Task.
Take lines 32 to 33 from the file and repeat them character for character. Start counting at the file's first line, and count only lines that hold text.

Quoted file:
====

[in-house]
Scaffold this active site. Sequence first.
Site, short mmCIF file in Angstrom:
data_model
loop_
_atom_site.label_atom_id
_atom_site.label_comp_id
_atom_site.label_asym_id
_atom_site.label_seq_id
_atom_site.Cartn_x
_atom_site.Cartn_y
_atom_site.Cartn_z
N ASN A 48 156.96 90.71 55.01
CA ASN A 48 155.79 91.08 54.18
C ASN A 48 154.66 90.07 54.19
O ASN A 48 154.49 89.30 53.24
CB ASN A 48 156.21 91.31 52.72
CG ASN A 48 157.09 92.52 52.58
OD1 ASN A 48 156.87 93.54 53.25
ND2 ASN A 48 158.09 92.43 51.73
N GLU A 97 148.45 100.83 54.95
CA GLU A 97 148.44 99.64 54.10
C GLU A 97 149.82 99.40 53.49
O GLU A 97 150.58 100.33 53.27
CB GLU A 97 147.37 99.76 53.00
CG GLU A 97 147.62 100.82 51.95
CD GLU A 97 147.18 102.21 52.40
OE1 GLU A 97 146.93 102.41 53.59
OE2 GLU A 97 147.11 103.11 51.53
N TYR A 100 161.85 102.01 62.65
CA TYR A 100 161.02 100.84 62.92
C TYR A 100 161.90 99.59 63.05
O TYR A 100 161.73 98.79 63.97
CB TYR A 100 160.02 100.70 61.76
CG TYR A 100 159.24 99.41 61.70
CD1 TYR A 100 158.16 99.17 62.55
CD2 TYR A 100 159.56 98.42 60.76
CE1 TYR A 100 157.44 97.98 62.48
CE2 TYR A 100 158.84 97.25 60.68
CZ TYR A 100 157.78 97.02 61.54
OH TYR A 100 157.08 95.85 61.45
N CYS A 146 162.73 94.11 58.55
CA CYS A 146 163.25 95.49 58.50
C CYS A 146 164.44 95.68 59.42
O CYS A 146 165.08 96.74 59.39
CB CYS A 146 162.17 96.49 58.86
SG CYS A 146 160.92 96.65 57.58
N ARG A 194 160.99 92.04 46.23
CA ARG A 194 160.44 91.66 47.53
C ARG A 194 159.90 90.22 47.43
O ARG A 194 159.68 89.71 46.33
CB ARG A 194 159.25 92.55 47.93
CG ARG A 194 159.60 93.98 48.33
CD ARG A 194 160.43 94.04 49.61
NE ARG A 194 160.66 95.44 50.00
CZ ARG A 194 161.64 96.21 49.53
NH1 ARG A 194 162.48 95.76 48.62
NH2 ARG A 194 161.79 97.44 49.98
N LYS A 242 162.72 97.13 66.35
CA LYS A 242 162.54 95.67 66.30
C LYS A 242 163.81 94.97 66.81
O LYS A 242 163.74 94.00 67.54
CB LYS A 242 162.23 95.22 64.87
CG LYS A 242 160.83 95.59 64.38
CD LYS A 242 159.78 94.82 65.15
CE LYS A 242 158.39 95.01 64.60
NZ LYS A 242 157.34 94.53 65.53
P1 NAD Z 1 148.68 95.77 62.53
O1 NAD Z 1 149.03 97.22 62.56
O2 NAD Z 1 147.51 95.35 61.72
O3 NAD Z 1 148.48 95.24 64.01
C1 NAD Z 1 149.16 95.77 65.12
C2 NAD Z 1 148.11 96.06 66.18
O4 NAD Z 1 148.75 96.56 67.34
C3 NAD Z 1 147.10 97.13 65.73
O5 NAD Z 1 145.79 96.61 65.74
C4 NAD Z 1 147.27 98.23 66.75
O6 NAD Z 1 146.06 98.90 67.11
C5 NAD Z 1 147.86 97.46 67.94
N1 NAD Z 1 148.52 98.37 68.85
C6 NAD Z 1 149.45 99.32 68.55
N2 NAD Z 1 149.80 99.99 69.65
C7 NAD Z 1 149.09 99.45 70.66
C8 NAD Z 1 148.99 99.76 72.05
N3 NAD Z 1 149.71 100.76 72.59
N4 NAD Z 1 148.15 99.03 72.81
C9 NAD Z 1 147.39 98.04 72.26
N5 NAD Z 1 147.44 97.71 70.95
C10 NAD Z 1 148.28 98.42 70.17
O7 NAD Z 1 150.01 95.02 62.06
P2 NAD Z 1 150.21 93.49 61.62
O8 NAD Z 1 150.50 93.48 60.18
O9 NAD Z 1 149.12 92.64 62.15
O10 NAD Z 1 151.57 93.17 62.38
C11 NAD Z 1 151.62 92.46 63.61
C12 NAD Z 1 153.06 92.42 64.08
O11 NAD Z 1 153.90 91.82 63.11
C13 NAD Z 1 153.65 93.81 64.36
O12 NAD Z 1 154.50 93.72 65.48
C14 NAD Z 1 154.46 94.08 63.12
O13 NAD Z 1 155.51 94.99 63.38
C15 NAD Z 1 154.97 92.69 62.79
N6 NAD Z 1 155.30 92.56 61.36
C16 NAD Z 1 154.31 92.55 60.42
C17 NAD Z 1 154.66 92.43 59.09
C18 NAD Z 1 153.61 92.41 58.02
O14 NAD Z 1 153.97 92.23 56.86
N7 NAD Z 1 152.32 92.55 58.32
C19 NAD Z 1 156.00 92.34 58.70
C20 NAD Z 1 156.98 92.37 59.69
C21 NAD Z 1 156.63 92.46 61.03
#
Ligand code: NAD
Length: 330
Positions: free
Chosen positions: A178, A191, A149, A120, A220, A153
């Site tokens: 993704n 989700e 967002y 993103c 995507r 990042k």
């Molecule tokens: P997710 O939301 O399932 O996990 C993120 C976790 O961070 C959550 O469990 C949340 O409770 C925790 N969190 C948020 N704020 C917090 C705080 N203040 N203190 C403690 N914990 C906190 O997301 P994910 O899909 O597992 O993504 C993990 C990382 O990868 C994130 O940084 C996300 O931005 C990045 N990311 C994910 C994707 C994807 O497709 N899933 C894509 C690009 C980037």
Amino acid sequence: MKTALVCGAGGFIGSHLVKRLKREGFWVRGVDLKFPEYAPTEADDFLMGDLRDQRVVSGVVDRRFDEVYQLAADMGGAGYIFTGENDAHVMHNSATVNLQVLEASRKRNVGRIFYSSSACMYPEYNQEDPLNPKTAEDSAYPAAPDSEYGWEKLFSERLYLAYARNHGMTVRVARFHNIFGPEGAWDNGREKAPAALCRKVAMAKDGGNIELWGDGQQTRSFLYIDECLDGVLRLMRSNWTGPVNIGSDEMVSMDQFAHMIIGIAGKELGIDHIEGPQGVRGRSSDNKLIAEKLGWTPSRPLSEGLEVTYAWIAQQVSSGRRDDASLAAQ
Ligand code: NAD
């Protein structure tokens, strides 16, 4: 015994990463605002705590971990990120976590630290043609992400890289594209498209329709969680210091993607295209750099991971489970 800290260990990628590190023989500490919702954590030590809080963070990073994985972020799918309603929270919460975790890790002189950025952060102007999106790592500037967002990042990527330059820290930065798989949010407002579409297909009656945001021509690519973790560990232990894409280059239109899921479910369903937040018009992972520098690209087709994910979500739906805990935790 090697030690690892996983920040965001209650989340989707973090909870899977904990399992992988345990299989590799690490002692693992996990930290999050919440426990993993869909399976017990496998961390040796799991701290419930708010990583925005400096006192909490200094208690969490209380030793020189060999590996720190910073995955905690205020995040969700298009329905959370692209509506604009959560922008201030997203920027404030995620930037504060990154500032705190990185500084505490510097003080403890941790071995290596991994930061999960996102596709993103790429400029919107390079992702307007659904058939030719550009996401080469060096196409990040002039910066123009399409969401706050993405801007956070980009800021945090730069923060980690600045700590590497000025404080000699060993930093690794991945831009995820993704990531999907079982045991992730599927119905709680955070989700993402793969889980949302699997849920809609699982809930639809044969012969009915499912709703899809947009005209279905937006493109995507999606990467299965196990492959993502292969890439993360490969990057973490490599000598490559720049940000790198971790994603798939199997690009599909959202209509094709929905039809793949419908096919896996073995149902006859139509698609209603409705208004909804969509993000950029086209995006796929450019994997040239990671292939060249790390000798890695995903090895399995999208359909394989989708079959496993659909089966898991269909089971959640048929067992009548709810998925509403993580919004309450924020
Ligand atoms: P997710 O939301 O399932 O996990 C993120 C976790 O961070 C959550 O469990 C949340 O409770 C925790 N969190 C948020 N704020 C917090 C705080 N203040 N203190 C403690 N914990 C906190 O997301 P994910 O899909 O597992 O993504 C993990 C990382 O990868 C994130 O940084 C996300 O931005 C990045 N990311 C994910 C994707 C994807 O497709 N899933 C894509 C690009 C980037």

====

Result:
C TYR A 100 161.90 99.59 63.05
O TYR A 100 161.73 98.79 63.97